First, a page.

Ted, that appearance yesterday was a first appearance. By all accounts, it's a juvenile appearance. T.J. Lane is 17 years old. There are very few people at this point who believe this process is going to remain a juvenile process.

TED ROWLANDS, CNN CORRESPONDENT: Yes. Absolutely not.

The judge addressed it a little bit in the hearing yesterday, saying that the prosecutor will have to just basically submit the paperwork to have a hearing on this. He's reserved a date for it. And the issue, of course, should this young man, T.J. Lane, be looked at as an adult in the eyes of the court or a juvenile? Prosecutor later in a press conference said that absolutely they're going to push forward for this.

And Ohio law allows for it. It's a very easy transition when you talk about the age. The closer an individual gets to the age of 18, the more easily it is that that person will go up to an adult court and face adult responsibilities.

And the seriousness of the crime is also factored in. You can't get more serious than this in a crime. And he's 17 years old.

I think it's a foregone conclusion that, by the end of his next court appearance, he will be an adult in the eyes of the court.

BANFIELD: Well, certainly, the prosecutor has voiced as much, which is absolutely no surprise given the severity of these crimes. I mean, I just looked at the fact sheet a little while ago in Ohio. They allow for aggravated murder, which is sort of the same as first degree murder in other states as well.

But to that charge itself, this young man has made some pretty startling admissions, if what we're hearing is true -- admitting to not only unloading those rounds but admitting to have the weapons on him.

And also, as I understand it, Ted -- and clear this up for me -- admitting that he just did this randomly.

ROWLANDS: Yes. One of the questions apparently asked of him by officers at some point -- and they did make a point during the hearing that they read him his rights and that he was aware of his rights before he admitted certain things -- but one of the things they asked him was about the targets. Did you intentionally target these young boys? And he said no. He told officers that this was completely random, and he said he didn't even know who he was shooting at the time. That came out in court yesterday.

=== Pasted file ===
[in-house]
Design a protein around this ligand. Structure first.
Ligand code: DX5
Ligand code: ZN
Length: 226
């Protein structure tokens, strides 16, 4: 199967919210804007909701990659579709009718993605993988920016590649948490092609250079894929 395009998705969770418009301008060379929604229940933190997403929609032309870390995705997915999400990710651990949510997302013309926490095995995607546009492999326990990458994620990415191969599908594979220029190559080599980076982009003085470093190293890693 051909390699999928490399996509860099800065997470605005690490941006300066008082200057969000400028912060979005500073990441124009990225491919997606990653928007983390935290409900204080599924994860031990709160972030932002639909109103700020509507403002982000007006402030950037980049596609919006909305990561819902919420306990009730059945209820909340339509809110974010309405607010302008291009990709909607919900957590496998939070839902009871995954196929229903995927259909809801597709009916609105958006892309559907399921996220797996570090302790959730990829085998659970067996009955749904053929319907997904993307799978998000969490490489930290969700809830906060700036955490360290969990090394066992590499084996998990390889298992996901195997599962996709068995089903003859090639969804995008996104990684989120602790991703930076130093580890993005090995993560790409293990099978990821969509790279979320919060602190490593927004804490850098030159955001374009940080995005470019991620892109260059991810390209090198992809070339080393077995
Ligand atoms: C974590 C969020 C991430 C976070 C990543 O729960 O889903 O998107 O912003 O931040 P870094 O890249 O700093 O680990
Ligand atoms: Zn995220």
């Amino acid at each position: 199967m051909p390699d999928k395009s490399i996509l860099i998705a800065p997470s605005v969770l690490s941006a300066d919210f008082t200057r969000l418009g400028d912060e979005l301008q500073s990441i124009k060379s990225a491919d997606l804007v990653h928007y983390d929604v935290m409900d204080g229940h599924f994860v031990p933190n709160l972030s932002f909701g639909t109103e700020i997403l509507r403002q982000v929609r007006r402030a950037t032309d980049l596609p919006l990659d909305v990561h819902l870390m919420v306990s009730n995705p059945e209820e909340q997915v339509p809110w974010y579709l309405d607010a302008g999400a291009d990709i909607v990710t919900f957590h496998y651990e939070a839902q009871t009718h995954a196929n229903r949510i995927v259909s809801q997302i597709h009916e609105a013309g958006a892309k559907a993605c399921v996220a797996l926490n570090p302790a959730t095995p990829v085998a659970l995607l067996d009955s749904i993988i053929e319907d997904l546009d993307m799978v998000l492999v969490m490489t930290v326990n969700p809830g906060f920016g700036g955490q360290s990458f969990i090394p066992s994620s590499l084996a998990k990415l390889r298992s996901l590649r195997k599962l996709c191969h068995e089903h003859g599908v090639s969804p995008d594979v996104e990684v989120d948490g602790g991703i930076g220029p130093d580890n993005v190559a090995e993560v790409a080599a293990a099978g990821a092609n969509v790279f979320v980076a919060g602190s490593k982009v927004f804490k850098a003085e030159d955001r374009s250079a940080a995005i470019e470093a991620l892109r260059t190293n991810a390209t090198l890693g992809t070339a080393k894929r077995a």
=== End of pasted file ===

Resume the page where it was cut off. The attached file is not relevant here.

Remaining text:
So clearly, he's cooperating, and clearly the case against him, when you take into account, there's a surveillance tape of the incident happening, it's very, very solid.

BANFIELD: Ted Rowlands, that is little comfort to anybody in this case and certainly the families for those who were killed. Ted Rowlands, thanks very much from Chardon, Ohio, this morning.

SAMBOLIN: It is 18 minutes past the hour here and it's time to check the stories that are making news this morning.

The Coast Guard says one crew member has now died. Three are still missing after a chopper went down during a training mission. This is in Mobile Bay, Alabama. The Coast Guard says it has two other helicopters and a boat out there right now conducting a search.

Mitt Romney regaining some much needed momentum with primary wins in Michigan and Arizona last night. He defeated Rick Santorum by three points in his home state, by 20 points in Arizona. Super Tuesday now just six days away.

Tunisia offering Syrian dictator Bashar al Assad asylum if he will agree to step down. This, as Secretary of State Hillary Clinton suggested, that he is a war criminal. The death toll in Syria's bloody crackdown now estimated to be as high as 7,500 people.